- Salvador Dalí Figueras, Girona, Spain, 1904 - 1989
- Technique:Oil on canvas
- Dimensions:100 x 100 cm
- Category: Painting
- Entry date:1990
- Register number:AS11159
- Salvador Dalí Bequest, 1990
In science and technology Salvador Dalí found certain pivotal tools with which to put forward new artistic reflections, prompting him to use cutting-edge technical innovations and optical explorations, for instance stereoscopy. The catalyst in this newfound interest would be the works of 17th-century Dutch artist Gerard Dou, whom Dalí discovered at an exhibition held in the Petit Palais in Paris in 1969. After experiments with the Fresnel lens and embossed postcards, Dalí began working with the American physicist Roger de Montebello to adapt the stereoscope with Wheatstone mirrors, applying the technique to large-scale paintings. Consequently, he would use the technique to realise pairs of canvases, whereby the representation of a work would be almost identical, just with different focal points. This can be seen in Battle in the Clouds, a diptych comprising a stereoscopic work, through which the artist explored binocular vision to represent the depth missing from the two-dimensional surface in the painting. Both feature a female figure sat on the ground with her back turned, yet in only one is the battle scene she is observing depicted. On placing both works together and viewing them through a stereoscope, the image that comes back reproduces the visual perception of a third spatial dimension, accounting for Dalí’s explanation that his truly well-painted pictures were the double stereoscopic paintings.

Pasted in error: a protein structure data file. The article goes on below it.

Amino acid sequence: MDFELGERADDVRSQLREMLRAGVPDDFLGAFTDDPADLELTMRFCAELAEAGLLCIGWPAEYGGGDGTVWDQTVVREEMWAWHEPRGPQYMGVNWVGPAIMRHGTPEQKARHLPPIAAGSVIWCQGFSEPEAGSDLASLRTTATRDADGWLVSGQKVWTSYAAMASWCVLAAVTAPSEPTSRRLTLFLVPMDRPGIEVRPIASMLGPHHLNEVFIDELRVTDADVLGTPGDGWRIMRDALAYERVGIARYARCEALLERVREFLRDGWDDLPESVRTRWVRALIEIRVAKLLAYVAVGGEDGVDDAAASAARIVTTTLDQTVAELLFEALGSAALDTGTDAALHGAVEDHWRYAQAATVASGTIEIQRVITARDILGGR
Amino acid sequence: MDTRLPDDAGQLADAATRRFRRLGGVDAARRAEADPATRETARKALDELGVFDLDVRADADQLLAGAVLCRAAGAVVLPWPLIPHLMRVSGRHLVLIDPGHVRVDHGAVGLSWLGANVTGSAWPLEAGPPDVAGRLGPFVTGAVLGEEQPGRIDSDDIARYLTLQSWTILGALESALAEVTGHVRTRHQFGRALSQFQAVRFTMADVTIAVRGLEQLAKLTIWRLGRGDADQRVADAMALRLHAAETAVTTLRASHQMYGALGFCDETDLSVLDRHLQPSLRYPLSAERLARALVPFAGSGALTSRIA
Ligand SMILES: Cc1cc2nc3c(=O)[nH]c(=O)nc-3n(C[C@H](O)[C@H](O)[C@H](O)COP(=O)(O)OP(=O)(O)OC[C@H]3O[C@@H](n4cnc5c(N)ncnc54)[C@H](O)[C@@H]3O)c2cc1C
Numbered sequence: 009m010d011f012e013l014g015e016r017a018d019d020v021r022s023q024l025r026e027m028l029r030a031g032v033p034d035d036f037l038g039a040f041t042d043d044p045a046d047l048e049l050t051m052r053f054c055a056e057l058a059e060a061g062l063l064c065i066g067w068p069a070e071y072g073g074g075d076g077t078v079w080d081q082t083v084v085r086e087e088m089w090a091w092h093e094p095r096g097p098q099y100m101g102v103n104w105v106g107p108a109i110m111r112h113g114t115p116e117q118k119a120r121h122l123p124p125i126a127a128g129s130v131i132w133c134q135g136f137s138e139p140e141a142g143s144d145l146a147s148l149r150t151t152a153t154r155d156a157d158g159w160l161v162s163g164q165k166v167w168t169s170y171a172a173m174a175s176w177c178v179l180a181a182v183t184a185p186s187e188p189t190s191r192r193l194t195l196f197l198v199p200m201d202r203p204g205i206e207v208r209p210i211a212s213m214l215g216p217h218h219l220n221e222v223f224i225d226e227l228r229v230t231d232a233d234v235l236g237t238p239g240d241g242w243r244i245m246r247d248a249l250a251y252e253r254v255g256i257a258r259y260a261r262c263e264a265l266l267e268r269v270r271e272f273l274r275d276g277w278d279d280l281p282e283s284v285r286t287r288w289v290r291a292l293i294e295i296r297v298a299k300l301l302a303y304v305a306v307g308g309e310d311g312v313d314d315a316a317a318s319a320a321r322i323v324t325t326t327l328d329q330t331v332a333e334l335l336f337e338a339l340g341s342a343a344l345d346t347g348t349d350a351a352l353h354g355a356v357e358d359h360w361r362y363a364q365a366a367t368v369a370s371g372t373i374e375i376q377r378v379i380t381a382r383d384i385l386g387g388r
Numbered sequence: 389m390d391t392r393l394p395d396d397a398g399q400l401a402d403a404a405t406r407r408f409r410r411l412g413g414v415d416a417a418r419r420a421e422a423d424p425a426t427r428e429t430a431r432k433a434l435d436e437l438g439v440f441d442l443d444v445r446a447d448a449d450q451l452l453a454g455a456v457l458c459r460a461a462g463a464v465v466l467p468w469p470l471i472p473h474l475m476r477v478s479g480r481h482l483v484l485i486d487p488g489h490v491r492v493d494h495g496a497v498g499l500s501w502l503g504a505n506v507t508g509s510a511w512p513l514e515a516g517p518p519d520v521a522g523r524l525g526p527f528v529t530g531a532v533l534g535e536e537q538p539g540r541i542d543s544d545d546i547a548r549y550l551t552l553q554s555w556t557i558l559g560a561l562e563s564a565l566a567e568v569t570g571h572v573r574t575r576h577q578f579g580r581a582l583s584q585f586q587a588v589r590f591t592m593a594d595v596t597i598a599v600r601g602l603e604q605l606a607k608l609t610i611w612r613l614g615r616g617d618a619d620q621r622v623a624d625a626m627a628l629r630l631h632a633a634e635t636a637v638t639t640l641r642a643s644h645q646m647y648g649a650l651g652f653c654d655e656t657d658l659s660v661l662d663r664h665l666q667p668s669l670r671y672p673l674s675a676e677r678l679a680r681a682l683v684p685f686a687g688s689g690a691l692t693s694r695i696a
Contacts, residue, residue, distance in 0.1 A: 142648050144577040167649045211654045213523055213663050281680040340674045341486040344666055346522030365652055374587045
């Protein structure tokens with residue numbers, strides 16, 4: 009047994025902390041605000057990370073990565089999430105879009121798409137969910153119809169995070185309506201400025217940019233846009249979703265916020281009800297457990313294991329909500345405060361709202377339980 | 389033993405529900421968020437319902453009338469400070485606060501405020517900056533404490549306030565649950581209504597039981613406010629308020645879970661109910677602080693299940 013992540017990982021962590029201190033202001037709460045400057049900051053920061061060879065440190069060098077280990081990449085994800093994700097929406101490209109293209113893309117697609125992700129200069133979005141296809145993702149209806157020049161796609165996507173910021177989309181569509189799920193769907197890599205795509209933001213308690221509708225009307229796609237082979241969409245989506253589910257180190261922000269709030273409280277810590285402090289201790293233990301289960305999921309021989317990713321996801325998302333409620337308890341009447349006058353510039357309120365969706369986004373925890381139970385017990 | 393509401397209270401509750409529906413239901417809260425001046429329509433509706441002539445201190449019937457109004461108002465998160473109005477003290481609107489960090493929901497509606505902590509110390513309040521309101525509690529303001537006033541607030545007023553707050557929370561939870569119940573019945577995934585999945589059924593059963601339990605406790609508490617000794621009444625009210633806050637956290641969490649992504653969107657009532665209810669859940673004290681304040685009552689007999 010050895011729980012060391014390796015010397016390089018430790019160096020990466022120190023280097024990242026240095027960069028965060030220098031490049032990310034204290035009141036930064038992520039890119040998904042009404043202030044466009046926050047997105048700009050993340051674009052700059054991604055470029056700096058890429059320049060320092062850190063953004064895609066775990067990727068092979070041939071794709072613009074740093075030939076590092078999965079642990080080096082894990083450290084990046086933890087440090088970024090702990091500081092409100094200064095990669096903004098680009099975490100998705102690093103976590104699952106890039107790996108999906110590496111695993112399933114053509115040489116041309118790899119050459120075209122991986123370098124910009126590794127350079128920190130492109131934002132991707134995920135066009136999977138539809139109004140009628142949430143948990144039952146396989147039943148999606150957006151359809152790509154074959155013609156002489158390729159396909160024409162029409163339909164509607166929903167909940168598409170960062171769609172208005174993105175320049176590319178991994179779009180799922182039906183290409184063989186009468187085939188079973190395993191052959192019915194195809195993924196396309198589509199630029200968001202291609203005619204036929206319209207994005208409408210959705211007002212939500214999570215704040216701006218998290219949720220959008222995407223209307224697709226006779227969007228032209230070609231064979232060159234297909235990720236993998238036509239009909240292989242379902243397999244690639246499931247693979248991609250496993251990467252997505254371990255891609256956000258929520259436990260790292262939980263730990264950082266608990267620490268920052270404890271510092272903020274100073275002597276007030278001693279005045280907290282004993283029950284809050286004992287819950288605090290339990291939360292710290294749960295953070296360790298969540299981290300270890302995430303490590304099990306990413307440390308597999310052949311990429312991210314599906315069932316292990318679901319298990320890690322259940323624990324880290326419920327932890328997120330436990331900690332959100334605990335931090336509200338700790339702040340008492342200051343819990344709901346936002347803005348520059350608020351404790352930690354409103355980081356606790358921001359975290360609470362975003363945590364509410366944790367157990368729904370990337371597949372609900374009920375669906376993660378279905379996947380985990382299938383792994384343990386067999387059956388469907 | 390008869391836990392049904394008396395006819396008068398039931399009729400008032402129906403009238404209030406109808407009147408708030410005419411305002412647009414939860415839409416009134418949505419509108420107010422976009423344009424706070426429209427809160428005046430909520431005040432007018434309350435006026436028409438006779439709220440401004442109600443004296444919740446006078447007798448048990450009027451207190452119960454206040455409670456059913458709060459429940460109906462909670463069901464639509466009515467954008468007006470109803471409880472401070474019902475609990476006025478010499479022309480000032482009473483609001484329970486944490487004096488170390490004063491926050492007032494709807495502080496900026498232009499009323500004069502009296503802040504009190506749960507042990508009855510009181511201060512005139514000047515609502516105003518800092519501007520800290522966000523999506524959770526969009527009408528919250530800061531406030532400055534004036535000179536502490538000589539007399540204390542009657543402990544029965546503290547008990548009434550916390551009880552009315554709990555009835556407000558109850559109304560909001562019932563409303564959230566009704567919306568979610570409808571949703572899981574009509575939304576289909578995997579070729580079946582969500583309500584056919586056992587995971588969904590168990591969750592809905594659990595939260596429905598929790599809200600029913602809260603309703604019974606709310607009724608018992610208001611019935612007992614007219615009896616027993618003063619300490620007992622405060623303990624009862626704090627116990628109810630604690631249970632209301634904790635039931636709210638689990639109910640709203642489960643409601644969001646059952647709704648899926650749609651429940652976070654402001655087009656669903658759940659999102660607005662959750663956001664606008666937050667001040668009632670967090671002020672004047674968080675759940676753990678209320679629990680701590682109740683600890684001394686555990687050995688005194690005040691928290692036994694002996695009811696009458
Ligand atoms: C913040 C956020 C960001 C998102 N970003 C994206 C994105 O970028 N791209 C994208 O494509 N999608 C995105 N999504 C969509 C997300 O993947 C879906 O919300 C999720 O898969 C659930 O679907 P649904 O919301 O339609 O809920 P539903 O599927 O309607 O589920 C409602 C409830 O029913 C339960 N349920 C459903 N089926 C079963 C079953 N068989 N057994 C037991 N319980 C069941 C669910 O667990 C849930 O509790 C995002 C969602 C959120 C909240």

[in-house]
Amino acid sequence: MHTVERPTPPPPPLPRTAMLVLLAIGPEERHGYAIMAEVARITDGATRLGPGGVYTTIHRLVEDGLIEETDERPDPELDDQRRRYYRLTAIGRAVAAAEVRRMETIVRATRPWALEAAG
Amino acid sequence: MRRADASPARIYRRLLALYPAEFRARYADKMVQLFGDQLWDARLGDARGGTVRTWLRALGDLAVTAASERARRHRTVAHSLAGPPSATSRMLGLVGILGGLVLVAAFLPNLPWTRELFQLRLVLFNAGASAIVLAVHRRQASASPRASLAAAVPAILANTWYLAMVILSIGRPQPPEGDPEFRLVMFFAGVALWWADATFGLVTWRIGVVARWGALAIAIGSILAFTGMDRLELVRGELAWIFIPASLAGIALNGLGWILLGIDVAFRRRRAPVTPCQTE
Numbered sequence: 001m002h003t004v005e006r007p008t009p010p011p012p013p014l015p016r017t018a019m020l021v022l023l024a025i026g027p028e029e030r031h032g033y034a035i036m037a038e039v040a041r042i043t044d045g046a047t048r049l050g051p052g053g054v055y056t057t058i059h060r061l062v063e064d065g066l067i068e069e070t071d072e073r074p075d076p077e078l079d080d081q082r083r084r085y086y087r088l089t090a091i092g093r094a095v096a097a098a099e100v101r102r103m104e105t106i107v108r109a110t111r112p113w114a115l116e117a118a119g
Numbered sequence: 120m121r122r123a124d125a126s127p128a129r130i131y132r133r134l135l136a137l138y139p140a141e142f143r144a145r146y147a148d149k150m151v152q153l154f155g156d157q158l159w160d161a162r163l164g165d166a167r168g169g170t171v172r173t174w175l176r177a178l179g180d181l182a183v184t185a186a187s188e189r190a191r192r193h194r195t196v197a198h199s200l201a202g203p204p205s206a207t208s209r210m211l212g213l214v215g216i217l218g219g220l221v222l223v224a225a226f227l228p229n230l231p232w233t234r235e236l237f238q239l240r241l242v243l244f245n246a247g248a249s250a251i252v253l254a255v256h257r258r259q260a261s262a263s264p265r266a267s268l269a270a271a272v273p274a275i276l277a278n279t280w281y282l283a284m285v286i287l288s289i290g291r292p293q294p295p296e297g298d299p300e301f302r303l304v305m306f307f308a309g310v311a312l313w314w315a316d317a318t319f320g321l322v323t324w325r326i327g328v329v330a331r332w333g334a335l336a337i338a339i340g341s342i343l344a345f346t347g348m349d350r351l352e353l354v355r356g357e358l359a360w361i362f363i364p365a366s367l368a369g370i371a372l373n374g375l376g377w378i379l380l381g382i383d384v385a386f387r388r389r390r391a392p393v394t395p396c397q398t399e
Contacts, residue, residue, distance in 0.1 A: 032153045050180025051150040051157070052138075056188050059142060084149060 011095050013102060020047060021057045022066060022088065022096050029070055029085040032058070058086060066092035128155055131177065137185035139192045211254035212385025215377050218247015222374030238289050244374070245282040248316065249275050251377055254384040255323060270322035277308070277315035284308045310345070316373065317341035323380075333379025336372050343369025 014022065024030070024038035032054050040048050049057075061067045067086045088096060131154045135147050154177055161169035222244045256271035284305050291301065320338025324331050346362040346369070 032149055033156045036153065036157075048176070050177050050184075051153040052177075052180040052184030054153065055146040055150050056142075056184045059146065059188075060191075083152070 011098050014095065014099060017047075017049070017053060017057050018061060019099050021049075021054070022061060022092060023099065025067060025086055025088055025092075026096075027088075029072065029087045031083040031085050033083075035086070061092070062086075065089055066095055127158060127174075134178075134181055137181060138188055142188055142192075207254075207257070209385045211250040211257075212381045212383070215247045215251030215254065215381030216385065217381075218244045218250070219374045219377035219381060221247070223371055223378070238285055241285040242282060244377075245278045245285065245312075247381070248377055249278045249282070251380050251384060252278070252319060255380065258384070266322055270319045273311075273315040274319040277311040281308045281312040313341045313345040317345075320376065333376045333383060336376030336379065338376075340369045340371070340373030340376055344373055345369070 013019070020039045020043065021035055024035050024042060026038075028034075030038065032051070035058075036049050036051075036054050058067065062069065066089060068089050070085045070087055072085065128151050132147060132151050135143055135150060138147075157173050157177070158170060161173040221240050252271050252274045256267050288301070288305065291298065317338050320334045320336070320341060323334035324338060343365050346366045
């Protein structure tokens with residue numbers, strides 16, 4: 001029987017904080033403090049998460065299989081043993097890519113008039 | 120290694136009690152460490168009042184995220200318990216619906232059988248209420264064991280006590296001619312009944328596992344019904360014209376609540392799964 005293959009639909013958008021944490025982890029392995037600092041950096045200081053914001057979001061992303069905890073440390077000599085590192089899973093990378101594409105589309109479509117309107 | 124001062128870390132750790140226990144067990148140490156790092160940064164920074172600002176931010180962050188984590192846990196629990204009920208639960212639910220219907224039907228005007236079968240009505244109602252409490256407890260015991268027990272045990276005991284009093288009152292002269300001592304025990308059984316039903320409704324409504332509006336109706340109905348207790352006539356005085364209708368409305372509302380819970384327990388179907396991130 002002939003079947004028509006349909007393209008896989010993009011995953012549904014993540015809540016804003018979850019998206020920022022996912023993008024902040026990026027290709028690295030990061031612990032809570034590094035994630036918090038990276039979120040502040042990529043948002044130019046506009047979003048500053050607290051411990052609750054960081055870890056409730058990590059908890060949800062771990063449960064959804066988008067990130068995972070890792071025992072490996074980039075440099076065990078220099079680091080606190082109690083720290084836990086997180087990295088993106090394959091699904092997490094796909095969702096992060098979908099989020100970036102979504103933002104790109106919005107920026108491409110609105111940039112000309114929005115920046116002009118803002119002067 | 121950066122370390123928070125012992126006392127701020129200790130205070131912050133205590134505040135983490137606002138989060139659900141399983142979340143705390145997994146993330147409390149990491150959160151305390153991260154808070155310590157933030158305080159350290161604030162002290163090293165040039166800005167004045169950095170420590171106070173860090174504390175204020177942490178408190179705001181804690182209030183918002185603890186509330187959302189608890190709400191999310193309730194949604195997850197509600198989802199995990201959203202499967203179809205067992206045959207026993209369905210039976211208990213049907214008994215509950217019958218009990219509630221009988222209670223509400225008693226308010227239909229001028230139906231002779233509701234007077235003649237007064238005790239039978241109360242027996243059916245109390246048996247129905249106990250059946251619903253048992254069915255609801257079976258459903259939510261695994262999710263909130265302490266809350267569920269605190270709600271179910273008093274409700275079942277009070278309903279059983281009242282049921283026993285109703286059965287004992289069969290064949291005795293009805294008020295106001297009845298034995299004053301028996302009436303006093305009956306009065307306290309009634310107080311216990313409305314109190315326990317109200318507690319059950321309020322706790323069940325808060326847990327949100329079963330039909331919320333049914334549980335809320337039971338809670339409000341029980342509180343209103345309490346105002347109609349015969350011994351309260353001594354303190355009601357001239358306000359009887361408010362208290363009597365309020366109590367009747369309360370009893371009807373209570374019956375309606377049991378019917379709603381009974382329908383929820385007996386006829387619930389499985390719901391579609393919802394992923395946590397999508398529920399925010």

Ruth Gallego Fernández
Morse, Albert Reynolds ( 1914-)Cleveland (Ohio) : The Salvador Dali Museum, 1974.
Cleveland (Ohio) : The Reynolds Morse Foundation, 1962.